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The Truth Behind Three Personal Finance Myths

Stay out of debt. Buying a home is better than renting. Credit cards are bad. If these statements sound familiar—and they probably do—you might be surprised to learn that they aren’t necessarily true, at least not entirely. They are common personal finance myths. There’s more to these adages than meets the eye, and understanding the reasoning behind them can help you make better financial decisions.


You’ve probably heard that debt should be avoided. However, few people have the tens or hundreds of thousands of dollars in cash they would need to buy a vehicle or home without going into debt. A mortgage is actually considered a form of good debt because it is an investment that increases in value over time. A car loan is not necessarily a good debt, but a vehicle is necessary to get to work in most places in the United States. The key here is to try to put a lot of money down and get a shorter repayment period and low interest rates. Borrowing money for your education is another form of good debt. In some fields, a graduate degree can significantly boost your earnings and might be necessary to advance. You can take out private student loans to pay for graduate school, and if you’re still worried about debt, you might even be able to start paying off interest while you are still in school.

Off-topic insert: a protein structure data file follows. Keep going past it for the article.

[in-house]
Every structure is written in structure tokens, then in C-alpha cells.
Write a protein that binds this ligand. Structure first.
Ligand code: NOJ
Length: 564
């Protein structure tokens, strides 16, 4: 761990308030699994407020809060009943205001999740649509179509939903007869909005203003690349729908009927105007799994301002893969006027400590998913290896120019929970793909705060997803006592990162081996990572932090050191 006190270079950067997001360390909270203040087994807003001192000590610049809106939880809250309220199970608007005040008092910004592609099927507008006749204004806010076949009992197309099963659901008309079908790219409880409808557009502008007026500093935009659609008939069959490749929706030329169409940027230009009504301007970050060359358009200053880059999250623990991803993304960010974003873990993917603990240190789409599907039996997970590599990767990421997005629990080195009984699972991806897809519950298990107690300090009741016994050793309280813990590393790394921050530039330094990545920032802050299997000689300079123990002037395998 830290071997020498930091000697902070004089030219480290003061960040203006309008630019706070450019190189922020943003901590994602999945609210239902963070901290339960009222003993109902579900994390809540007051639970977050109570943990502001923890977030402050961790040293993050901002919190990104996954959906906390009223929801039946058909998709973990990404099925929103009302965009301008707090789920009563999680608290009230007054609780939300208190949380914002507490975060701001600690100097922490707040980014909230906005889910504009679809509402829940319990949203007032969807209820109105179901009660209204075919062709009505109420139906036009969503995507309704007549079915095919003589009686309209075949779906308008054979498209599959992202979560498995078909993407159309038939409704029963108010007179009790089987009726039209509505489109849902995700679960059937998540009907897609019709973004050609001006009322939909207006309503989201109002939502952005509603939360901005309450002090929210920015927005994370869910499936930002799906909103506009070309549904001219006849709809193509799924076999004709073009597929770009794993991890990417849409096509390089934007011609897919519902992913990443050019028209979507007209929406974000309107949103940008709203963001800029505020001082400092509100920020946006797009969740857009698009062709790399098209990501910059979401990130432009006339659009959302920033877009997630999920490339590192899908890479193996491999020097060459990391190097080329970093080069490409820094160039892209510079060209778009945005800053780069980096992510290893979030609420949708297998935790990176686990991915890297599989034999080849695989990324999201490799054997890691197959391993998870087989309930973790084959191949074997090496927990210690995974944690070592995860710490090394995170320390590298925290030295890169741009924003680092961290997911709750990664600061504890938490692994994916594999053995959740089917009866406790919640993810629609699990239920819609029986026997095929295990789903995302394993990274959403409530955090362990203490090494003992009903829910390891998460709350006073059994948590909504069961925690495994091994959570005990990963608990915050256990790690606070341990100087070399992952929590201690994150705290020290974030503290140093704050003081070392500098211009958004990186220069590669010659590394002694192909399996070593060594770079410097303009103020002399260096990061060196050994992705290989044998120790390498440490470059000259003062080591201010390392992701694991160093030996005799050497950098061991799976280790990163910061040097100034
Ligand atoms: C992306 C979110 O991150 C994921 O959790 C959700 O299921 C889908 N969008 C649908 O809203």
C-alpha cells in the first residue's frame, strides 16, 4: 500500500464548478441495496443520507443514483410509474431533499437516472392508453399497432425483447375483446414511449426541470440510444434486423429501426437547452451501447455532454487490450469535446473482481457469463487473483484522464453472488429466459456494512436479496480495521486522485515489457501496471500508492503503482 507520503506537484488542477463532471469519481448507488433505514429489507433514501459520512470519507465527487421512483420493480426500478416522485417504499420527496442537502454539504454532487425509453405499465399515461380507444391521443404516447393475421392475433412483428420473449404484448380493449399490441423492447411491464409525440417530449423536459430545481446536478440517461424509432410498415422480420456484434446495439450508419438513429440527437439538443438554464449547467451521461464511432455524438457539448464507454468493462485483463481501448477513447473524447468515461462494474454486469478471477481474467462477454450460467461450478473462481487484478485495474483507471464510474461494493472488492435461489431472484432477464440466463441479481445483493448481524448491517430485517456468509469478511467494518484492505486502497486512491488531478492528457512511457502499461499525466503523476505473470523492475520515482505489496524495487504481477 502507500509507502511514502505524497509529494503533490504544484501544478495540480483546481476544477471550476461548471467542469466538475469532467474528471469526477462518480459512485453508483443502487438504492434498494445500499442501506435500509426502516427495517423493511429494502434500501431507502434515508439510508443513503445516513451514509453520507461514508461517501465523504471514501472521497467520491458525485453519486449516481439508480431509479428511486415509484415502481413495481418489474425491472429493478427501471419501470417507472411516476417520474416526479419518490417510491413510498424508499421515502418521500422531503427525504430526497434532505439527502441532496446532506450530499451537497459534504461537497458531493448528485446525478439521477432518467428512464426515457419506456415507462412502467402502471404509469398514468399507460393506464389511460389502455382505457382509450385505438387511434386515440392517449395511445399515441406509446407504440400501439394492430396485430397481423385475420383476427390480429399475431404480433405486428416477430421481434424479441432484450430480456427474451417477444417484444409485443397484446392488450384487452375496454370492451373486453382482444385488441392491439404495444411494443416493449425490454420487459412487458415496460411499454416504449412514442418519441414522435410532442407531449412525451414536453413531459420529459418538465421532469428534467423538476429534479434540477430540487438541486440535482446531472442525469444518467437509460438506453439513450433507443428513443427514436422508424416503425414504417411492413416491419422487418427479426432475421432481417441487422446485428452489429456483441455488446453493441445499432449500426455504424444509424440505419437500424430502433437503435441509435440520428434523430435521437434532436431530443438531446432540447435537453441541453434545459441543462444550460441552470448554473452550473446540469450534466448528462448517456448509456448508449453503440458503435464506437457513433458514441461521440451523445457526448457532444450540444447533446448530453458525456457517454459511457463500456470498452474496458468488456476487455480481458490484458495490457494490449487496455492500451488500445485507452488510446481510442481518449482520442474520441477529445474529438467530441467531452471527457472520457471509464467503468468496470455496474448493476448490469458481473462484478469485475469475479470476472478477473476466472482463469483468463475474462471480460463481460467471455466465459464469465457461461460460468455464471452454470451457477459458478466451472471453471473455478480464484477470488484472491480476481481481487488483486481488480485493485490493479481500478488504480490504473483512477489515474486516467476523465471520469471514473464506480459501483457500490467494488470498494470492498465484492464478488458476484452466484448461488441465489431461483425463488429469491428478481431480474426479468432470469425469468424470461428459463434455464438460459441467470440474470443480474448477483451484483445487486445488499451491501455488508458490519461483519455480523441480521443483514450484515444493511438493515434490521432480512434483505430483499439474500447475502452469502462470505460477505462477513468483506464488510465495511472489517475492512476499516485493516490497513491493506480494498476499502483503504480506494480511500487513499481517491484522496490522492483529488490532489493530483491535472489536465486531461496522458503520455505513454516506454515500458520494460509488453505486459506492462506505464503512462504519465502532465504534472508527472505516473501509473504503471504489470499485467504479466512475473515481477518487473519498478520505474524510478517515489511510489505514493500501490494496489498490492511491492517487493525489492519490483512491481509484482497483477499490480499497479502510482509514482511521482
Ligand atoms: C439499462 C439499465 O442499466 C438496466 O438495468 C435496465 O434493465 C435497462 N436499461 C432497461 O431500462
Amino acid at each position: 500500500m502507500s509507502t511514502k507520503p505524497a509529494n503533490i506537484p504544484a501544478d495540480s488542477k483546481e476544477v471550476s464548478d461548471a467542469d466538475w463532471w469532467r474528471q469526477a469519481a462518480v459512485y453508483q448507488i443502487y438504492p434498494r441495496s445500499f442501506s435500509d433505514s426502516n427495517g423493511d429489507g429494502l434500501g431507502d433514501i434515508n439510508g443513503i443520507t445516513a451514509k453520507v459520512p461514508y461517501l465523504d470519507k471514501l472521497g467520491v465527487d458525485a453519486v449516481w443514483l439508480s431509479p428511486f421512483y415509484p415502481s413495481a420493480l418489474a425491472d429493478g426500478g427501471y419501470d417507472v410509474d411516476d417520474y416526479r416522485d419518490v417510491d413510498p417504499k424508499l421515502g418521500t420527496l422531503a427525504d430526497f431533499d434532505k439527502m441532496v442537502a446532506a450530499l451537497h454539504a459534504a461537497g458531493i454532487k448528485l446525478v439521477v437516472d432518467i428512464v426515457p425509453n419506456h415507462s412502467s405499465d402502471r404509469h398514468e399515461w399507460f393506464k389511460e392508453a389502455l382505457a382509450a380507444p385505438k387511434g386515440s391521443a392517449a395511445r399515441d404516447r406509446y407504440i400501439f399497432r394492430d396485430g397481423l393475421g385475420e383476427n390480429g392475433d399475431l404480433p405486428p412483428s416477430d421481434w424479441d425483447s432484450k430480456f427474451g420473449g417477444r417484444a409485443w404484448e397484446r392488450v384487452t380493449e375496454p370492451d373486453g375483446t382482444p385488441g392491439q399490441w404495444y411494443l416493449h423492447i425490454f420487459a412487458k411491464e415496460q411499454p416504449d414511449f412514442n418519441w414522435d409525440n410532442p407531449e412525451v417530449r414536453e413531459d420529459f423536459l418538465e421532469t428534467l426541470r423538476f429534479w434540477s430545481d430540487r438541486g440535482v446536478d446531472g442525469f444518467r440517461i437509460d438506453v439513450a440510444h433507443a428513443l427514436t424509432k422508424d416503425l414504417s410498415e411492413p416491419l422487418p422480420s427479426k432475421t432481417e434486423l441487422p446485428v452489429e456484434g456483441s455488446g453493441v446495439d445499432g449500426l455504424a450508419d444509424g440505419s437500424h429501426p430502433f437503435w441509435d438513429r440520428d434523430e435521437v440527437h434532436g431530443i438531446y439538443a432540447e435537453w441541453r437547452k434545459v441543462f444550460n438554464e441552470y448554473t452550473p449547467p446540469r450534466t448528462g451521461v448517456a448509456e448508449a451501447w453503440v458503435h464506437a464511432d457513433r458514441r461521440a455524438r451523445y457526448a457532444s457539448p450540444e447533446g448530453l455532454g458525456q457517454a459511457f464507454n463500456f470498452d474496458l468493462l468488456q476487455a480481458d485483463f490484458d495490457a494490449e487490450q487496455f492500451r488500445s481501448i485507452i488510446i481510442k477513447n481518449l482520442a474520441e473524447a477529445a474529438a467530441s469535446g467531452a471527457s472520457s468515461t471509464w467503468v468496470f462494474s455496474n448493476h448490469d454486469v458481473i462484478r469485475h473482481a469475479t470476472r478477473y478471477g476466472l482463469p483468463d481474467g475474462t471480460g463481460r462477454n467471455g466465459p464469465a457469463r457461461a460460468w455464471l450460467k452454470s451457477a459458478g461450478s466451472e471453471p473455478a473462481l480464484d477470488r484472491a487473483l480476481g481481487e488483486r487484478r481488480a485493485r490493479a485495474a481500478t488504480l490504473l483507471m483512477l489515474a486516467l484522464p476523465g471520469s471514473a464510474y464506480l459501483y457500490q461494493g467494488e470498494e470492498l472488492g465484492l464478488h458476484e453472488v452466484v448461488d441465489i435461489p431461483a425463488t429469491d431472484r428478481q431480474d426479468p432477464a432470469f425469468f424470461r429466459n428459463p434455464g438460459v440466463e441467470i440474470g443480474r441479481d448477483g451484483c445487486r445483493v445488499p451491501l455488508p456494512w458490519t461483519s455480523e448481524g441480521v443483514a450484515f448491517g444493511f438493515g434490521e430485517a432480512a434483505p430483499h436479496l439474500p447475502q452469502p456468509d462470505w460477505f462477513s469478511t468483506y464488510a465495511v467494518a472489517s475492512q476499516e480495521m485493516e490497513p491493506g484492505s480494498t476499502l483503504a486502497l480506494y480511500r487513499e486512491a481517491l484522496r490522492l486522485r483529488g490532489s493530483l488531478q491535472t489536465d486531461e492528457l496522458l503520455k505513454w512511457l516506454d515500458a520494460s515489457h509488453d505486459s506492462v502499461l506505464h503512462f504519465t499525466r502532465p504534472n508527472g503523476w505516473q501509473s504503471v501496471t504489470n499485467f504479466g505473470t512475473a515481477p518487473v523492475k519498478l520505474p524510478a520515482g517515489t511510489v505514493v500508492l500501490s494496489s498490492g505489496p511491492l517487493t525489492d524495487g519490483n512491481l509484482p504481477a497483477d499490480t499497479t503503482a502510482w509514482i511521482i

Buying Versus Renting

Family and friends who are pressuring you to own property might be telling you that you’re wasting money by renting a place instead of buying it, but this isn’t necessarily true. In particular, it isn’t true if you only plan to live in a place for a few years since the costs associated with buying and owning a home might not add up to your advantage compared to what you’d pay for a rental. Buying can also be dangerous if you don’t have a decent cushion for emergencies since a big repair can cost in the tens of thousands of dollars. Not only that, but homes can lose value. If you live in an area where mortgages are low relative to rent or where you plan to stay for years, buying might be worthwhile. But it’s worth putting your costs into a renting versus buying calculator or even talking to a financial professional if the primary reason you’re thinking of buying is because it’s a savvier move for your budget than renting.

Credit Cards

There is nothing inherently wrong with credit cards. The problem is that they tend to have high interest rates, meaning that you can all too easily find yourself drowning in debt. However, if used responsibly, which means paying off your debt each month, credit cards can be convenient, can help build your credit score and may get you discounts on travel and other things. Having too many credit cards or applying frequently for credit cards may have a negative effect on your credit score, so you should avoid that as well.

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